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9.1E: Viral Size

Most viruses range in size from 5 to 300 nanometers (nm), although some Paramyxoviruses can be up to 14,000 nm long.

 

LEARNING OBJECTIVES

 

Recognize the cause and effect of different sizes of viruses

 

KEY TAKEAWAYS

Key Points

 

  • The size and shape of a virus helps us understand its class and components.
  • Viruses also exist in different shapes that include helical, polyhedral, enveloped, and complex.
  • Proteins and nucleic acid of viruses determine their size and shape.

 

Key Terms

 

  • bacteriophage: A virus that specifically infects bacteria.

A virus is an infectious agent of small size and simple composition that can multiply only in living cells of animals, plants, or bacteria. They range in size from about 20 to 400 nanometres in diameter (1 nanometre = 10-9 meters). By contrast, the smallest bacteria are about 400 nanometres in size. A virus consists of a single- or double-stranded nucleic acid and at least one protein surrounded by a protein shell, called a capsid; some viruses also have an outer envelope composed of fatty materials (lipids) and proteins. The nucleic acid carries the virus’s genome —its collection of genes—and may consist of either deoxyribonucleic acid ( DNA ) or ribonucleic acid (RNA). The protein capsid provides protection for the nucleic acid and may contain enzymes that enable the virus to enter its appropriate host cell.

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Viral structure: Rotavirus particles measure 76.5 nm in diameter and are not enveloped.

There exists a strong association between viral geometry and features of viral disease outbreaks. The amount and arrangement of the proteins and nucleic acid of viruses determine their size and shape. The protein and nucleic acid constituents have properties unique for each class of virus; when assembled, they determine the size and shape of the virus for that specific class.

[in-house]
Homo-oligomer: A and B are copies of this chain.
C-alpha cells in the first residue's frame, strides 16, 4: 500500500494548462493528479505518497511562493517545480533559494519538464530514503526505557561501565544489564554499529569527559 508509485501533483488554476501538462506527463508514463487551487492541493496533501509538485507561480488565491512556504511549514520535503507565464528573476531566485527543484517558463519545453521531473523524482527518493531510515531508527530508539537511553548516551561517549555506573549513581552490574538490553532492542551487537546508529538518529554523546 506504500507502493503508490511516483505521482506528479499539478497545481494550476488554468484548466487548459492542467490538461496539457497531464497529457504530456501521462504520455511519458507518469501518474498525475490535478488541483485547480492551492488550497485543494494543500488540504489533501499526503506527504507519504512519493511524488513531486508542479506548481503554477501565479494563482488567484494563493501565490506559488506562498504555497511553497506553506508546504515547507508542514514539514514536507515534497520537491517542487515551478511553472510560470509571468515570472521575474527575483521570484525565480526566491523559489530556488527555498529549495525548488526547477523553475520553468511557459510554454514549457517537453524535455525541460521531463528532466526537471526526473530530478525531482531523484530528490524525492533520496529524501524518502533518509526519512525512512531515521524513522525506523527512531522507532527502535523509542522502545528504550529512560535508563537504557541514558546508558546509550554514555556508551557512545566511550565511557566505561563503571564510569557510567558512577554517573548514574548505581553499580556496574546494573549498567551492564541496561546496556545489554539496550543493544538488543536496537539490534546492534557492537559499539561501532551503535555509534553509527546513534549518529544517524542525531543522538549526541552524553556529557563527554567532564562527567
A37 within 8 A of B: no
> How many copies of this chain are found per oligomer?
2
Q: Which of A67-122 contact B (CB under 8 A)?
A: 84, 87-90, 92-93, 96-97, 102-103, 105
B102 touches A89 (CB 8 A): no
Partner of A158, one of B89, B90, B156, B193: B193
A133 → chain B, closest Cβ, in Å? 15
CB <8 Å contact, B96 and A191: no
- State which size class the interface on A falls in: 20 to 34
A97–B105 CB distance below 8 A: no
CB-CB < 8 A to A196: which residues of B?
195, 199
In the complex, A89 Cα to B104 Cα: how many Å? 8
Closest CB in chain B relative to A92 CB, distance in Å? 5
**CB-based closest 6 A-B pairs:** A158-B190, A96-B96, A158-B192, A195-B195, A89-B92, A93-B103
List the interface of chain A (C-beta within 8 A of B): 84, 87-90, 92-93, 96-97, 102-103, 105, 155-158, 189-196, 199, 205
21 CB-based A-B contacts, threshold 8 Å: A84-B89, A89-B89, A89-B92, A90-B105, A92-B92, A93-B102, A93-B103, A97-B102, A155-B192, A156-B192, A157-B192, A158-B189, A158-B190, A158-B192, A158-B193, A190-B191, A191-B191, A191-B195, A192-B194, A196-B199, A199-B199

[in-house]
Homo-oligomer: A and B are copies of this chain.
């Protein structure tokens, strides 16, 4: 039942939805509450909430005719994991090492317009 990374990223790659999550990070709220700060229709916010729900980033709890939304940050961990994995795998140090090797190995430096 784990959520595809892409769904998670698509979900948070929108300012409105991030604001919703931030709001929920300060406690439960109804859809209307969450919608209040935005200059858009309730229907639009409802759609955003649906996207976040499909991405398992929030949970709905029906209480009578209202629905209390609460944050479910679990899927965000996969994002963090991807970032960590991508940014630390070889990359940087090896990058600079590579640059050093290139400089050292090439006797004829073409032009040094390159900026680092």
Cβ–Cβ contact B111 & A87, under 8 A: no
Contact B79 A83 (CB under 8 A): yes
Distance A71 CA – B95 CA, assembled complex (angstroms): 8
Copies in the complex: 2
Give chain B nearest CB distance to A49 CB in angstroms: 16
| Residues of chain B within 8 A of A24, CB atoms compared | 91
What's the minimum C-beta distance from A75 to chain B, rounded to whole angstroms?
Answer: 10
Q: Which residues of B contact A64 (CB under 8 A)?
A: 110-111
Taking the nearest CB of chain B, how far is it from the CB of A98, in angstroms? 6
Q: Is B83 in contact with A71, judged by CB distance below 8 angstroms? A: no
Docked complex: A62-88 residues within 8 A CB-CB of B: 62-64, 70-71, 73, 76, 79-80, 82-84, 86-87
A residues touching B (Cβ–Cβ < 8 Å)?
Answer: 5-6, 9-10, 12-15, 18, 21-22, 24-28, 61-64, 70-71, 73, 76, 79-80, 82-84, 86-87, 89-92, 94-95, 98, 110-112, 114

Only the largest and most complex viruses can be seen under the light microscope at the highest resolution. Any determination of the size of a virus also must take into account its shape, since different classes of viruses have distinctive shapes. Shapes of viruses are predominantly of two kinds: rods, or filaments, so called because of the linear array of the nucleic acid and the protein subunits; and spheres, which are actually 20-sided (icosahedral) polygons. Most plant viruses are small and are either filaments or polygons, as are many bacterial viruses. The larger and more-complex bacteriophages contain double-stranded DNA as their genetic information and combine both filamentous and polygonal shapes. The classic T4 bacteriophage is composed of a polygonal head, which contains the DNA genome, and a special-function rod-shaped tail of long fibres. Structures such as these are unique to the bacteriophages.

 

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